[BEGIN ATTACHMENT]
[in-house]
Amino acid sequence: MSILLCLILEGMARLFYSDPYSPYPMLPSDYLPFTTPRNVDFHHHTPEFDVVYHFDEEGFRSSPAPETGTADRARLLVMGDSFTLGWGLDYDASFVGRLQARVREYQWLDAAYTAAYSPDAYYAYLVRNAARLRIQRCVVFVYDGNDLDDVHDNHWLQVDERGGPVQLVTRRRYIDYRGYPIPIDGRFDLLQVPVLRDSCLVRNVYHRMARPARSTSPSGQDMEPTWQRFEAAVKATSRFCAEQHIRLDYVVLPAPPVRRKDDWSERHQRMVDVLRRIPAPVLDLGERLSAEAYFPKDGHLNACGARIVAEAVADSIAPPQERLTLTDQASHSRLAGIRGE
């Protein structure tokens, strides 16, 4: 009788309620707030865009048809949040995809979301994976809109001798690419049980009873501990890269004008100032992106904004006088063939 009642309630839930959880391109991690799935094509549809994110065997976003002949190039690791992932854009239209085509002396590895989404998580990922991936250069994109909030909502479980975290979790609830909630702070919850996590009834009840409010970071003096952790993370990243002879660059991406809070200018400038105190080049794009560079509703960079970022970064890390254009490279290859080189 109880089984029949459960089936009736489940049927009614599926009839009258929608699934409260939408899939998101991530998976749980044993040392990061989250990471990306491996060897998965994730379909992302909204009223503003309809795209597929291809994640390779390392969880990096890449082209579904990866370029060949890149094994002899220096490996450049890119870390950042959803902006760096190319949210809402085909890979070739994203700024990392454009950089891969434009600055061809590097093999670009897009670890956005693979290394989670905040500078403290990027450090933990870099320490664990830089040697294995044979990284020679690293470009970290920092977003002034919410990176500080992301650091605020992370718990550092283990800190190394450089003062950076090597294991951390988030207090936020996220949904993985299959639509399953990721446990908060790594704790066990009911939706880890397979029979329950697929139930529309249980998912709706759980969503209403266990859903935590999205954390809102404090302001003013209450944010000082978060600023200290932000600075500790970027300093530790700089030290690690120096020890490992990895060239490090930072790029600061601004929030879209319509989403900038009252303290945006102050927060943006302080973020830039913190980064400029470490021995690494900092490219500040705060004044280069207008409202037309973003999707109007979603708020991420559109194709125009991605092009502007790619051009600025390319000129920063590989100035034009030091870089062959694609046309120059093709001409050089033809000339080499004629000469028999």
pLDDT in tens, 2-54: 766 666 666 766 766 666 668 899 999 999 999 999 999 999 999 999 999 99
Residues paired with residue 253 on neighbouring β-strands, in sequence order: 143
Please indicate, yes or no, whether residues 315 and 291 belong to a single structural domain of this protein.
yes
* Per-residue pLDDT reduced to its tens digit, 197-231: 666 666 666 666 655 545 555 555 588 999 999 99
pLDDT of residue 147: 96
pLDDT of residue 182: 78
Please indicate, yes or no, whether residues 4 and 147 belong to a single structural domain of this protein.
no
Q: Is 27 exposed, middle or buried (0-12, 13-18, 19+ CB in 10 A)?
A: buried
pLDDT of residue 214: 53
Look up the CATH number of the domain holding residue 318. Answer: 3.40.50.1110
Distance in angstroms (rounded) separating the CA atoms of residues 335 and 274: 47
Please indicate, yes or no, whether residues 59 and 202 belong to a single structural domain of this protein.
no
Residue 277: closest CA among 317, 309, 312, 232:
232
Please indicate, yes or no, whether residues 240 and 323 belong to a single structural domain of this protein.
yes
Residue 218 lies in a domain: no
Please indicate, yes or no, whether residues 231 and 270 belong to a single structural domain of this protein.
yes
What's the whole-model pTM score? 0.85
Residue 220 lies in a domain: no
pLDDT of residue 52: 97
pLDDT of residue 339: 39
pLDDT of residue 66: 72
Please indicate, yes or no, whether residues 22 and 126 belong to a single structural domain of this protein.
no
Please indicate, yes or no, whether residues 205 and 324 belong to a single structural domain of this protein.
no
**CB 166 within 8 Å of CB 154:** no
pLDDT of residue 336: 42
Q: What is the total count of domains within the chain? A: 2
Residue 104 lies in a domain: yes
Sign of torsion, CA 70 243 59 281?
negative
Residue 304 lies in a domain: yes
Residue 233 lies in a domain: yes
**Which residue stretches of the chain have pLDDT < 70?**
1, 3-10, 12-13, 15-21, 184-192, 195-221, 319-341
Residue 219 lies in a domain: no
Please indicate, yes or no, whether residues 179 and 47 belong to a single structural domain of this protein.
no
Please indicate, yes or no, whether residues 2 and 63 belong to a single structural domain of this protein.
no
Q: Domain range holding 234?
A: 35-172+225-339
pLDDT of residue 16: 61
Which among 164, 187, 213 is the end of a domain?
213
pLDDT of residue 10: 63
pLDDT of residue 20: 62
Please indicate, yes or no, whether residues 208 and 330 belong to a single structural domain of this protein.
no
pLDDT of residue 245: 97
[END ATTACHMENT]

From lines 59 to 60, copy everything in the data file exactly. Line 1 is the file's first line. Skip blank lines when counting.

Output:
no
pLDDT of residue 245: 97